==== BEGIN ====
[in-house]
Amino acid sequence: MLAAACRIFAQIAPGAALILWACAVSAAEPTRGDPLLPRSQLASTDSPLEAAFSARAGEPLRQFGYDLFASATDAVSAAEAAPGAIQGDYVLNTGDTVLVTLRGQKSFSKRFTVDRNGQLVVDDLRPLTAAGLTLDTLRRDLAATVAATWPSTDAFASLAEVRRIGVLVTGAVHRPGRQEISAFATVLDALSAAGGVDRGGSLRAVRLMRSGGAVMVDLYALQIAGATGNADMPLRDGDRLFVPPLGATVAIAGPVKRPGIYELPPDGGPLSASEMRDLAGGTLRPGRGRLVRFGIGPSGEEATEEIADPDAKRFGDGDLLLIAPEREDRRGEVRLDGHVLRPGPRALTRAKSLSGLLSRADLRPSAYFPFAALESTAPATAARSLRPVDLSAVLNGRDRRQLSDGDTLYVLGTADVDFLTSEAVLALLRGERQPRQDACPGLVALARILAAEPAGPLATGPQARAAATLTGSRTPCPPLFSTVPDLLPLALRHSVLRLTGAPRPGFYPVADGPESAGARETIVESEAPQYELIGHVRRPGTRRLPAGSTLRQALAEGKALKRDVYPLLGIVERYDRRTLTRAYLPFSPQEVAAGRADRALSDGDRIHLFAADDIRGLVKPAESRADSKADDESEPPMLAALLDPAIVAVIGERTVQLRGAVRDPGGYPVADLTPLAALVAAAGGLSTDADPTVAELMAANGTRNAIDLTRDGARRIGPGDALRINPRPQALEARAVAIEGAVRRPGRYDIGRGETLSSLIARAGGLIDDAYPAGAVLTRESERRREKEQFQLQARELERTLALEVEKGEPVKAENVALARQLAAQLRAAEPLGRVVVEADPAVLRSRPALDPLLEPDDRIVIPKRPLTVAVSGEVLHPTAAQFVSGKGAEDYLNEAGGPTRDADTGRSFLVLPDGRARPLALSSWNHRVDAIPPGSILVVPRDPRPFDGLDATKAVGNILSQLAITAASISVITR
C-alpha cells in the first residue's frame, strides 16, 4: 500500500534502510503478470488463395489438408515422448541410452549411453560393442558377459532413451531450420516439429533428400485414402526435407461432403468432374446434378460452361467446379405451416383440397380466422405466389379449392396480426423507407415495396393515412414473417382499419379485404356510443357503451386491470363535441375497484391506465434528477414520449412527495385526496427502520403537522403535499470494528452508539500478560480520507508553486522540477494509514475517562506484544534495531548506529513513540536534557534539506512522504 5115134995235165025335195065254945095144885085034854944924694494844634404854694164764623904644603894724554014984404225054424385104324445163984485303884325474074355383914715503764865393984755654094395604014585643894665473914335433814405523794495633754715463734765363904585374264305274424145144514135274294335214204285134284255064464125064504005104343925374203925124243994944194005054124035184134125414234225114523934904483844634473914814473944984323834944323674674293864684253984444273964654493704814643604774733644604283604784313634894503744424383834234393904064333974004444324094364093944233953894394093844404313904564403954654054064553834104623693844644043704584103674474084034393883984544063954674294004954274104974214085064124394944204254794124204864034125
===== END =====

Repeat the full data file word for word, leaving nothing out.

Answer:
[in-house]
Amino acid sequence: MLAAACRIFAQIAPGAALILWACAVSAAEPTRGDPLLPRSQLASTDSPLEAAFSARAGEPLRQFGYDLFASATDAVSAAEAAPGAIQGDYVLNTGDTVLVTLRGQKSFSKRFTVDRNGQLVVDDLRPLTAAGLTLDTLRRDLAATVAATWPSTDAFASLAEVRRIGVLVTGAVHRPGRQEISAFATVLDALSAAGGVDRGGSLRAVRLMRSGGAVMVDLYALQIAGATGNADMPLRDGDRLFVPPLGATVAIAGPVKRPGIYELPPDGGPLSASEMRDLAGGTLRPGRGRLVRFGIGPSGEEATEEIADPDAKRFGDGDLLLIAPEREDRRGEVRLDGHVLRPGPRALTRAKSLSGLLSRADLRPSAYFPFAALESTAPATAARSLRPVDLSAVLNGRDRRQLSDGDTLYVLGTADVDFLTSEAVLALLRGERQPRQDACPGLVALARILAAEPAGPLATGPQARAAATLTGSRTPCPPLFSTVPDLLPLALRHSVLRLTGAPRPGFYPVADGPESAGARETIVESEAPQYELIGHVRRPGTRRLPAGSTLRQALAEGKALKRDVYPLLGIVERYDRRTLTRAYLPFSPQEVAAGRADRALSDGDRIHLFAADDIRGLVKPAESRADSKADDESEPPMLAALLDPAIVAVIGERTVQLRGAVRDPGGYPVADLTPLAALVAAAGGLSTDADPTVAELMAANGTRNAIDLTRDGARRIGPGDALRINPRPQALEARAVAIEGAVRRPGRYDIGRGETLSSLIARAGGLIDDAYPAGAVLTRESERRREKEQFQLQARELERTLALEVEKGEPVKAENVALARQLAAQLRAAEPLGRVVVEADPAVLRSRPALDPLLEPDDRIVIPKRPLTVAVSGEVLHPTAAQFVSGKGAEDYLNEAGGPTRDADTGRSFLVLPDGRARPLALSSWNHRVDAIPPGSILVVPRDPRPFDGLDATKAVGNILSQLAITAASISVITR
C-alpha cells in the first residue's frame, strides 16, 4: 500500500534502510503478470488463395489438408515422448541410452549411453560393442558377459532413451531450420516439429533428400485414402526435407461432403468432374446434378460452361467446379405451416383440397380466422405466389379449392396480426423507407415495396393515412414473417382499419379485404356510443357503451386491470363535441375497484391506465434528477414520449412527495385526496427502520403537522403535499470494528452508539500478560480520507508553486522540477494509514475517562506484544534495531548506529513513540536534557534539506512522504 5115134995235165025335195065254945095144885085034854944924694494844634404854694164764623904644603894724554014984404225054424385104324445163984485303884325474074355383914715503764865393984755654094395604014585643894665473914335433814405523794495633754715463734765363904585374264305274424145144514135274294335214204285134284255064464125064504005104343925374203925124243994944194005054124035184134125414234225114523934904483844634473914814473944984323834944323674674293864684253984444273964654493704814643604774733644604283604784313634894503744424383834234393904064333974004444324094364093944233953894394093844404313904564403954654054064553834104623693844644043704584103674474084034393883984544063954674294004954274104974214085064124394944204254794124204864034125